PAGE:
Written by Dianne Molvig Tuesday, August 10 2010
Time was when a woman operating a business out of her home felt compelled to hide that fact for fear that potential clients wouldn’t take her seriously. Not anymore.
Home-based businesses have become a vital sector of our economy, according to Steve King of Emergent Research, who, with wife Carolyn Ockels, coauthored a 2009 study on the trend.
In their report, they concluded that about 6.6 million “serious” home-based businesses provided at least half of their owners’ household income. What’s more, these businesses employed one out of every 10 private-sector workers.
King and Ockels also noted that as large companies strive to cut fixed costs by outsourcing certain business functions, home-based enterprises will play an even more important role in our nation’s economy. The research duo predicts that over the next 20 to 30 years, we’ll see a doubling of the proportion of people who are self-employed and home-based.
Would you like to be one of them? If the answer is yes, the first question that’s likely to spring to mind is: What could I do?
That depends, of course, on your talents, training, experiences, interests, and other factors. To get the flow of ideas started, here are a few types of home-based businesses you might consider:
Business Support Services – You could provide support for businesses, especially small- and medium-sized companies that can’t afford to employ a full-time person to perform certain tasks. You might be a:
- Website designer and developer. Almost any business of any size needs a web presence these days. You could provide this service for lower fees than the bigger marketing companies charge. That gives you a strong competitive edge in attracting clients.
- Marketing consultant. You could coordinate promotional campaigns, write press releases, create advertising and website copy, advise businesses on how to use social media, and so on.
- Virtual assistant. Think of this job as being “an administrative assistant from afar,” says Pat Cobe, who, with Ellen Parlapiano, co-founded Mompreneurs® Online and has co-authored two books on “mompreneurship” (Mompreneurs®: A Mother’s Practical Step-by-Step Guide to Work-at-Home Success and Mompreneurs® Online: Using the Internet to Build Work@Home Success).
- Career coaching. If you have the proper training and experience, you could counsel people regarding their career paths. “Look into trends and focus on the right client niche,” Cobe recommends. For instance, you might counsel people who have been laid off in midlife and need to find another job in their field or switch to a new career.
- Event planning. Depending on your interest and experience, this could range from planning children’s birthday parties to handling all the arrangements for meetings of large organizations, such as civic groups or trade/professional associations.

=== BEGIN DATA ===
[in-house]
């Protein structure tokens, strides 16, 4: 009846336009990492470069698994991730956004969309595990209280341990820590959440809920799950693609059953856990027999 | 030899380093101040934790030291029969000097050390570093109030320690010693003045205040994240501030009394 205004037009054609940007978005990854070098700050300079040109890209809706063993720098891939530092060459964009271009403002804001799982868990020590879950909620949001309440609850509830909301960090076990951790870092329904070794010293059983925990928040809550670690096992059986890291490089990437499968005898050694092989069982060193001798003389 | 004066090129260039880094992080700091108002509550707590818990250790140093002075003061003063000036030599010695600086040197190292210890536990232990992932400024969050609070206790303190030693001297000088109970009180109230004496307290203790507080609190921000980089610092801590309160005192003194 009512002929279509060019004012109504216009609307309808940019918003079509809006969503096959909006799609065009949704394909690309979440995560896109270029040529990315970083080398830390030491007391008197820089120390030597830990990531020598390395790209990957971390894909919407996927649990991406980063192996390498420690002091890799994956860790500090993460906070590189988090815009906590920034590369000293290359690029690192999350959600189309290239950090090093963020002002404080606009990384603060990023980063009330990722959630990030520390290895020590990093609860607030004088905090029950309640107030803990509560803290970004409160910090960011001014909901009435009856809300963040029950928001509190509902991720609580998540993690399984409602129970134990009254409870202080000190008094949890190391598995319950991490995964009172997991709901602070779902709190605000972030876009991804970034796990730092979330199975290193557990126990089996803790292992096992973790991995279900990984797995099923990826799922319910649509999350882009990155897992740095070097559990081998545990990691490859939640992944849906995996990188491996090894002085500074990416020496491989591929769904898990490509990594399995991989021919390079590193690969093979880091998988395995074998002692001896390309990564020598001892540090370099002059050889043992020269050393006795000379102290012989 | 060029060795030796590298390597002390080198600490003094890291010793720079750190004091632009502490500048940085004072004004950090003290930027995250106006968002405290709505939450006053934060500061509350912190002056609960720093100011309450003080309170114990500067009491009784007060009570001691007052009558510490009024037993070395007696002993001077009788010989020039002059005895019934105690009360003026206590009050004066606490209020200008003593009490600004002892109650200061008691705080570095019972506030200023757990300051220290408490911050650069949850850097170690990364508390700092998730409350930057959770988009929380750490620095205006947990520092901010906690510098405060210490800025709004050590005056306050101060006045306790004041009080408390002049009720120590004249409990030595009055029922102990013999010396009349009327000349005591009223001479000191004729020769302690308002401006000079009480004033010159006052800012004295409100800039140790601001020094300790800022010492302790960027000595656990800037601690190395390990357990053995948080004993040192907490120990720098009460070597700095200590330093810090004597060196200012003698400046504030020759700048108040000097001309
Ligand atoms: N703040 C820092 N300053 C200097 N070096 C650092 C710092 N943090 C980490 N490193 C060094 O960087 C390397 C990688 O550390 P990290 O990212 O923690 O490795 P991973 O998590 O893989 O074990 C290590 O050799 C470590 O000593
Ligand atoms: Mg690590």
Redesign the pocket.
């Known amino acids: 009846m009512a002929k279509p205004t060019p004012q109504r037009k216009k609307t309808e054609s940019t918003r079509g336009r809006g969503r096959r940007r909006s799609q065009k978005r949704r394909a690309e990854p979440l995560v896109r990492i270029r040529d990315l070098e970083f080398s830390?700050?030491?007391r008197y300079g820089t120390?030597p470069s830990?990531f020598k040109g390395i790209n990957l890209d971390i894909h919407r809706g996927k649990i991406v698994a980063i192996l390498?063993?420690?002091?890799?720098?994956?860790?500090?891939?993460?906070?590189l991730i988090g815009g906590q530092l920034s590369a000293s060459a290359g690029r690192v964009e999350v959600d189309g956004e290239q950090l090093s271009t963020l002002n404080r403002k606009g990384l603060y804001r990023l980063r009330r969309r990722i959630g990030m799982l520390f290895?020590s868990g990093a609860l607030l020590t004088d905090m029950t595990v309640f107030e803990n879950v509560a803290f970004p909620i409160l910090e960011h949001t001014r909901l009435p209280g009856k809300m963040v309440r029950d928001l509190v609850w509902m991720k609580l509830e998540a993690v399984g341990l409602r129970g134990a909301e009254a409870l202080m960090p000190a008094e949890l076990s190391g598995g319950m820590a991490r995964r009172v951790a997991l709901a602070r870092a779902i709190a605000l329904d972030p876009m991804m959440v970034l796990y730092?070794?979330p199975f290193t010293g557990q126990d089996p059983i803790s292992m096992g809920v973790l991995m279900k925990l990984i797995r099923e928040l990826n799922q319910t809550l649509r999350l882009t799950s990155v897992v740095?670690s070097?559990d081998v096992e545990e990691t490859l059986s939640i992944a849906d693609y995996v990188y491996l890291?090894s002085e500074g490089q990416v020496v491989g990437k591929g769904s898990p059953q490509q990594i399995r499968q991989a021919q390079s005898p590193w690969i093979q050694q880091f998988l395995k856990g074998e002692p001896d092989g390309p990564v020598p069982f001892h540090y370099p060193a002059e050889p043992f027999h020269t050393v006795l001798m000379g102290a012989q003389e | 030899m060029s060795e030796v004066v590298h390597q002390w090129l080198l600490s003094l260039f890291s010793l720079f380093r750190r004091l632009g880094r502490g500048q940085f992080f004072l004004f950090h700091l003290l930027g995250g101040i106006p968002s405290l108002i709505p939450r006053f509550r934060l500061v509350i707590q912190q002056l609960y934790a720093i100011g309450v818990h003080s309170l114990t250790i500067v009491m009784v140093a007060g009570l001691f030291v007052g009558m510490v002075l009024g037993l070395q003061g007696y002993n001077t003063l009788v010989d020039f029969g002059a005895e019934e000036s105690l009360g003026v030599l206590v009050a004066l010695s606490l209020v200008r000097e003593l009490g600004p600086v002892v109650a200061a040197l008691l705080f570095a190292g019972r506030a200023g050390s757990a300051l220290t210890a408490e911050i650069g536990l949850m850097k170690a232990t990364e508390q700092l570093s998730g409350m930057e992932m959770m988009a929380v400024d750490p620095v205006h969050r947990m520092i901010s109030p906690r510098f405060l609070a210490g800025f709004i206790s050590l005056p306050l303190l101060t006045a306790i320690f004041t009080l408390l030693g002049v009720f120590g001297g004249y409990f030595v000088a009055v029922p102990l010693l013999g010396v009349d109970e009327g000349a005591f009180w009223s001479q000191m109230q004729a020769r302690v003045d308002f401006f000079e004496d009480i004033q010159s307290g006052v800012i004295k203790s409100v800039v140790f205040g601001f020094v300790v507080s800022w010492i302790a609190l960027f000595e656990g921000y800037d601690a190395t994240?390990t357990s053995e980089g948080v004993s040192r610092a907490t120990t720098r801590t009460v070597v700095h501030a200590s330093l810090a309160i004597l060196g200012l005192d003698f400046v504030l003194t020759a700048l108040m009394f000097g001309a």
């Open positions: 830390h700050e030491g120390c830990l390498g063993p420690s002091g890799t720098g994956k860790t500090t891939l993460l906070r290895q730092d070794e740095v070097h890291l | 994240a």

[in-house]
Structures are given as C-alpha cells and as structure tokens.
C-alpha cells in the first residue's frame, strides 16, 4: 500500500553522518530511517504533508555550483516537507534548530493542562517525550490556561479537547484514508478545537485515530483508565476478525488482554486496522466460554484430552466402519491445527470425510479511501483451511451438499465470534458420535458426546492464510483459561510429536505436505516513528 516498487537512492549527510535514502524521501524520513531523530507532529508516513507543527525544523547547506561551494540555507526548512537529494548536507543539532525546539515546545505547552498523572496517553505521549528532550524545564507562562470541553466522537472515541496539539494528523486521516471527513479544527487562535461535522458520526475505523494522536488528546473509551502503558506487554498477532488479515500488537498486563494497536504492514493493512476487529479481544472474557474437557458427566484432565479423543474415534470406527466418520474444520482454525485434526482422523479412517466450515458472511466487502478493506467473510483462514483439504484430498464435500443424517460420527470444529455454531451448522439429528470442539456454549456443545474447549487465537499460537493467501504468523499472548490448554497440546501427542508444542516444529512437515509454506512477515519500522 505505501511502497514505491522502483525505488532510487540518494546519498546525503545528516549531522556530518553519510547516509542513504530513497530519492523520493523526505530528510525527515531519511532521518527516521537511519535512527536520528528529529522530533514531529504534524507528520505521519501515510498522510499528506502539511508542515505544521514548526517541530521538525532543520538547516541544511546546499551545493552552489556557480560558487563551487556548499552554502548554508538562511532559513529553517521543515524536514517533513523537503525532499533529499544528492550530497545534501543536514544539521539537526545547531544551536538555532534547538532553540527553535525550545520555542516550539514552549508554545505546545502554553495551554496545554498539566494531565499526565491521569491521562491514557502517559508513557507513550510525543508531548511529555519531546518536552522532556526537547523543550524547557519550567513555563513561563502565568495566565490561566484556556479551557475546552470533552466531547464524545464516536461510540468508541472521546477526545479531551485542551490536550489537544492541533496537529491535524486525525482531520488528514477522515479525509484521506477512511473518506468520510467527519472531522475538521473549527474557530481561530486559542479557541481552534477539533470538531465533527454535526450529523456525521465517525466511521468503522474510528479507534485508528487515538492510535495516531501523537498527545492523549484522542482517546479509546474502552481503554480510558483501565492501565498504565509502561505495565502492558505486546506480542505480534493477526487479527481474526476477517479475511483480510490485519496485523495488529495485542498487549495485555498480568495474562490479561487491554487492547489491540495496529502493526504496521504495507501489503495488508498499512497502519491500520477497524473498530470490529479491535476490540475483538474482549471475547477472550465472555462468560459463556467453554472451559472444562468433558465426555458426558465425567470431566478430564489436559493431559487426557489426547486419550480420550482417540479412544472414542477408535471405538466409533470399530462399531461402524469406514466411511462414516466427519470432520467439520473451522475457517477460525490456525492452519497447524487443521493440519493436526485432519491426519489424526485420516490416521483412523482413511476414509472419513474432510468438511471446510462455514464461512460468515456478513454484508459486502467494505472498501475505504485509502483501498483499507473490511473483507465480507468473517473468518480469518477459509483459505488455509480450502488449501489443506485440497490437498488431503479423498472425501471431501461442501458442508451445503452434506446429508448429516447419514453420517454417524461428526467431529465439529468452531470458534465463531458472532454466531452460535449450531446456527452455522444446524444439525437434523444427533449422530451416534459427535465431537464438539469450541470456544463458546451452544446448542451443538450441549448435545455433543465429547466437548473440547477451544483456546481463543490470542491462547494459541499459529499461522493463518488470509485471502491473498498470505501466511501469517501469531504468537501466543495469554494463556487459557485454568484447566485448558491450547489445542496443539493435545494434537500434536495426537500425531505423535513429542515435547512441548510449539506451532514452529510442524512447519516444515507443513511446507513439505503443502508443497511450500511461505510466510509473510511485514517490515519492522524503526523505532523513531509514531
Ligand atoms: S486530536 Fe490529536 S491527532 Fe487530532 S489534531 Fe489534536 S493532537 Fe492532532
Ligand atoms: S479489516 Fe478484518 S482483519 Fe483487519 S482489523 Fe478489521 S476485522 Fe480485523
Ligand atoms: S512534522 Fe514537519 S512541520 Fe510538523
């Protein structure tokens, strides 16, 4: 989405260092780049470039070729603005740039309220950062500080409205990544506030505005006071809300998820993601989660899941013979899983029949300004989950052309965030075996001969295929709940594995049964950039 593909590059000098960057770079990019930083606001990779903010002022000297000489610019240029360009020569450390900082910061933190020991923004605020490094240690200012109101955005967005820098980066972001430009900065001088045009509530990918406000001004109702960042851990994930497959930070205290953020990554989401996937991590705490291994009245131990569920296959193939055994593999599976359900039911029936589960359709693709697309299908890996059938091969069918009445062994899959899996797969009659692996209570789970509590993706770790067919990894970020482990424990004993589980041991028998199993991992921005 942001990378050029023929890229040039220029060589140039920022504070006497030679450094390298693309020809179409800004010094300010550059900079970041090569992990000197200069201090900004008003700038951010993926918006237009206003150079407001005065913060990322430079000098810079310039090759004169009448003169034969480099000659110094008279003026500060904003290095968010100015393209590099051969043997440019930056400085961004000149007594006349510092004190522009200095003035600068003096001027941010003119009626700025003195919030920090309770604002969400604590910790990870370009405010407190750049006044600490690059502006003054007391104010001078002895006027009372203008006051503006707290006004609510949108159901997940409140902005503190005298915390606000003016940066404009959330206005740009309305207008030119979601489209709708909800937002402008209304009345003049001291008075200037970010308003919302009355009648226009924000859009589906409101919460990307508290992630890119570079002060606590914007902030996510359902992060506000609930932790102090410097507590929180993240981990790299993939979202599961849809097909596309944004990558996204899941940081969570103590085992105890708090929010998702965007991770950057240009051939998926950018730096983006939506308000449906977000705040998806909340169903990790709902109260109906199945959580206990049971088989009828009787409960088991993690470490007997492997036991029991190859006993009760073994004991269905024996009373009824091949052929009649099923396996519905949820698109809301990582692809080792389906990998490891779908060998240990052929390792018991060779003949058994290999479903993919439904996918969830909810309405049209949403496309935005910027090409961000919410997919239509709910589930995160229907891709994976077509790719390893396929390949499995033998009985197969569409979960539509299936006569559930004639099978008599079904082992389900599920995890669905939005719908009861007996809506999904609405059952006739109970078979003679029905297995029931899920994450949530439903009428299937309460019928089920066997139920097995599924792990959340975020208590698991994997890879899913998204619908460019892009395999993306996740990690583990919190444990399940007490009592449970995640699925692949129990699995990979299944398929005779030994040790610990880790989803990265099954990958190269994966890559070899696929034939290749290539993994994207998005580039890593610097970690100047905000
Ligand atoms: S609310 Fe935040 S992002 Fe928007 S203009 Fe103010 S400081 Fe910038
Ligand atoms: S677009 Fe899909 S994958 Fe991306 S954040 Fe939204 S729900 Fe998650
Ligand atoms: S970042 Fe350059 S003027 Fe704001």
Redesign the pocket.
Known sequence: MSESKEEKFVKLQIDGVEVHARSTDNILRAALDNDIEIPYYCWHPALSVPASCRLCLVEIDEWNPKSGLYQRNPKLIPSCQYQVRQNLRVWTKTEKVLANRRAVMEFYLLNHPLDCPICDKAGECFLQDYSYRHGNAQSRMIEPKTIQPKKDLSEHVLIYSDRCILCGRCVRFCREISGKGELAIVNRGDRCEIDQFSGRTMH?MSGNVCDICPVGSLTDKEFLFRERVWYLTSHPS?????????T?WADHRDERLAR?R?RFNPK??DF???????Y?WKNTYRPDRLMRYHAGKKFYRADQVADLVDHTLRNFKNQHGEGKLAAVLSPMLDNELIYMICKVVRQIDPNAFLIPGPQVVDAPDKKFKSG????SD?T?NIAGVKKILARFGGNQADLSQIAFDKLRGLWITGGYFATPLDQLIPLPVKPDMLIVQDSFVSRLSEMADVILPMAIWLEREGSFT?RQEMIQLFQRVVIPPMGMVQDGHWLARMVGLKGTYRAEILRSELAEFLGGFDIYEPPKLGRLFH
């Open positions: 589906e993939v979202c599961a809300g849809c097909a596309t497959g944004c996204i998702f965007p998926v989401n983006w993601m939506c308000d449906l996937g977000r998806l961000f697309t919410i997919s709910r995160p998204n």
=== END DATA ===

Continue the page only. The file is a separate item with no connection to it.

- Tutoring school-aged children.
- Assisting an elderly person. You could help with meal preparation, housecleaning, and other non-medical services. This will be an increasing need as this country’s population ages and older people want to continue living at home.
- Concierge services. This includes shopping, running errands, making travel arrangements, housecleaning, and so on.
- Pet sitting or grooming. If you are planning to be a groomer, you will, of course, need training, tools, and the proper space for working on the animals, but pet sitting is simple. You either stay in someone’s home while they are away and look after their critters or make arrangements to go and check on the animals once or several times a day, depending on what kind of animal it is.
- House sitting. This can be a lucrative job for people who don’t mind staying, for sometimes extended periods, in a client’s home. Frequently, house sitting also involves baby-sitting and pet sitting. Concerned homeowners pay nicely to have someone they trust look after their home while they are away.
“When we first started out, office support services was a big area,” Cobe says. “Today’s technology makes it possible to work for clients who are located anywhere.” You might have ongoing relationships with certain clients or provide short-term help on a per-project basis.
If business support services aren't your cuppa Joe, here are some more options to consider:
All of the above suggestions fall into the category of service businesses, which typically have relatively low start-up expenses. Still, get a clear idea of what you’ll need to launch your business idea, both in terms of money and time, suggests Priscilla Huff, author of 101 Best Home-Based Businesses for Women, 3rd Edition.
“A majority of home-based businesses are started on a part-time basis,” she says. “So ask yourself if you can operate it on the side while meeting other work and family obligations.”
Do other advance homework, too, Huff advises. Find out: Does a market exist in your area for this type of business? Who are your potential clients? Will they be willing and able to pay for the service you want to offer?
Above all, be sure the business is something you’ll enjoy doing. Huff points out that people starting a new business don’t work the usual 9 to 5, but rather 5 to 9, as in 5 a.m. to 9 p.m. “So,” she says, “you’d better like what you do.”
Dianne Molvig is a Madison, Wis.-based freelance writer who writes regularly about business management, financial services, law practice, consumer education, and other topics.